As always, readers are encouraged to weigh in thoughtfully and respectfully. I ask everyone to remember that this is a teaching endeavor rather than a shaming endeavor, and that we aim to bring light rather than heat. It’s my belief that people do the best they can with what they have to work with, and our goal is to give folks more to work with.

Send in your own question for possible inclusion.

Lori Holden, mom of a young adult daughter and a young adult son, writes from Denver. She was honored as an Angel in Adoption® by the Congressional Coalition on Adoption Institute.

Find Lori’s books on her Amazon Author page, and catch episodes of Adoption: The Long View wherever you get your podcasts.

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7 Responses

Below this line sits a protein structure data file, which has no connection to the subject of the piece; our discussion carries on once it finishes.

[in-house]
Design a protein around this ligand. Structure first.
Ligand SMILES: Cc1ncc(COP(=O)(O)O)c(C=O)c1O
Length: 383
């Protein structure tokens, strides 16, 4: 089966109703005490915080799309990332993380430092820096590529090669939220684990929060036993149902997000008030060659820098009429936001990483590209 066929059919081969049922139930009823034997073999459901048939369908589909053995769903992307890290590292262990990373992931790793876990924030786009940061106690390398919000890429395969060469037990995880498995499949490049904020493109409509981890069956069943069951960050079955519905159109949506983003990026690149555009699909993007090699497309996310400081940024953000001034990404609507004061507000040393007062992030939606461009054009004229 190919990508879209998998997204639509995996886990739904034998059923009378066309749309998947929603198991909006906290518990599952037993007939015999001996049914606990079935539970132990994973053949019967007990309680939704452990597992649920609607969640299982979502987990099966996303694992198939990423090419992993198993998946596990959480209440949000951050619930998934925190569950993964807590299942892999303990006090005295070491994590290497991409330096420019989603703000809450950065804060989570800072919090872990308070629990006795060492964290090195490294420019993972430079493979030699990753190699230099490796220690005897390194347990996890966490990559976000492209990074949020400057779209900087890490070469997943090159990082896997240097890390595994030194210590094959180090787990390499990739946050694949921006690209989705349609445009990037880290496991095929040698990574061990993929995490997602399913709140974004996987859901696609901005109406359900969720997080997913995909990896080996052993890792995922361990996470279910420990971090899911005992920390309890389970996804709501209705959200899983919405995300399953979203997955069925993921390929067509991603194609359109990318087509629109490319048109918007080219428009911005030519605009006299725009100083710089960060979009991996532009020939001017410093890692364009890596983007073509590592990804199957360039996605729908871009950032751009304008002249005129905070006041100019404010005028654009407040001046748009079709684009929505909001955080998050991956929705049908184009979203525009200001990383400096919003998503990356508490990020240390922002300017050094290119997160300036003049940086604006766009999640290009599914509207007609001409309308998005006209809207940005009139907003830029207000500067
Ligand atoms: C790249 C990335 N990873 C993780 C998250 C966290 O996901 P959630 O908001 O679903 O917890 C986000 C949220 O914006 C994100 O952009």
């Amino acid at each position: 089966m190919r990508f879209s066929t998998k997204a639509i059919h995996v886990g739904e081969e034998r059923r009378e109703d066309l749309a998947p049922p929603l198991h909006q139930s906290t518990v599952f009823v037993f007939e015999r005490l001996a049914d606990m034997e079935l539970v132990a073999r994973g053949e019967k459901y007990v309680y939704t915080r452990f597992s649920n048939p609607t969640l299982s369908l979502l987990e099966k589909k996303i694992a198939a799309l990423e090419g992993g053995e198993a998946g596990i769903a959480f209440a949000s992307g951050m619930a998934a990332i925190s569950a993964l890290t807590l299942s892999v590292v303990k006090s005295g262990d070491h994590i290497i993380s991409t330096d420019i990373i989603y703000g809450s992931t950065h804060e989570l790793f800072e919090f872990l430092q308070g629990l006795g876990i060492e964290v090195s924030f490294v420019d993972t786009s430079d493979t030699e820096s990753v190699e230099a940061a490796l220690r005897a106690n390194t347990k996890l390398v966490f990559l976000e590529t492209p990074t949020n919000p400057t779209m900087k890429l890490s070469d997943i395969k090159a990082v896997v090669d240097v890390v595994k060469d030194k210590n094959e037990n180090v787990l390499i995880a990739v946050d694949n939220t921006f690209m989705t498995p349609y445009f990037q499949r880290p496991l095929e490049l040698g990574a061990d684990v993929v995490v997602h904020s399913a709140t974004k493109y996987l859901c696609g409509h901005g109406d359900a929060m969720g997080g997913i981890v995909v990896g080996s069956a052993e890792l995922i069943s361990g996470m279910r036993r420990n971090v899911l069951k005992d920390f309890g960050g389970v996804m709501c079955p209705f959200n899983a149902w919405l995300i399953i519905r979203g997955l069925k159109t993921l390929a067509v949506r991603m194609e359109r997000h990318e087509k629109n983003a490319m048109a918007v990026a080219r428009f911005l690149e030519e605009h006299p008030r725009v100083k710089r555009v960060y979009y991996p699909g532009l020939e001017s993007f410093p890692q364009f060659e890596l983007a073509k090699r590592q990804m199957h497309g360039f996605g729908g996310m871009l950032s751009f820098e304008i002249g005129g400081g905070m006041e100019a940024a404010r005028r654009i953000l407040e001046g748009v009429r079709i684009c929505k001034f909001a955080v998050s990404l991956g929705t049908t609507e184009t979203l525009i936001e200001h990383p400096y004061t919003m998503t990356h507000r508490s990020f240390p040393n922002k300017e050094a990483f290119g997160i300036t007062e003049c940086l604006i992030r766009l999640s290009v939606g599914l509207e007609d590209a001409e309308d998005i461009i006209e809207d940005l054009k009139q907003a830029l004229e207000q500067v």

1. Lori, You are so great at this. I think your response was spot on.

    To the person with the question: My son and his brother were both adopted as infants. Both are in their late 20s now. I’ve enjoyed an open adoption between our families; however, his brother (who is two years older than him) knows only his birthmother and it was a very strained and quite awkward attempt at semi-openness. At this point, it is virtually a closed adoption by choice of the birthmother.

    When the boys were young, this caused a bit of resentment between them.

    While one received numerous birthday and Christmas gifts from birthfamily far and wide, the other barely received an acknowledgement from his birthmother.

    Their parents handled it as best they could, in much the same way Lori advises. You can’t control other people; however, you can do your best to help your child (or children) process events and then respond in a healthy way. Sadness, hurt feelings, anger, resentment – all of the emotions are healthy and need to be expressed in order for understanding and healing to occur.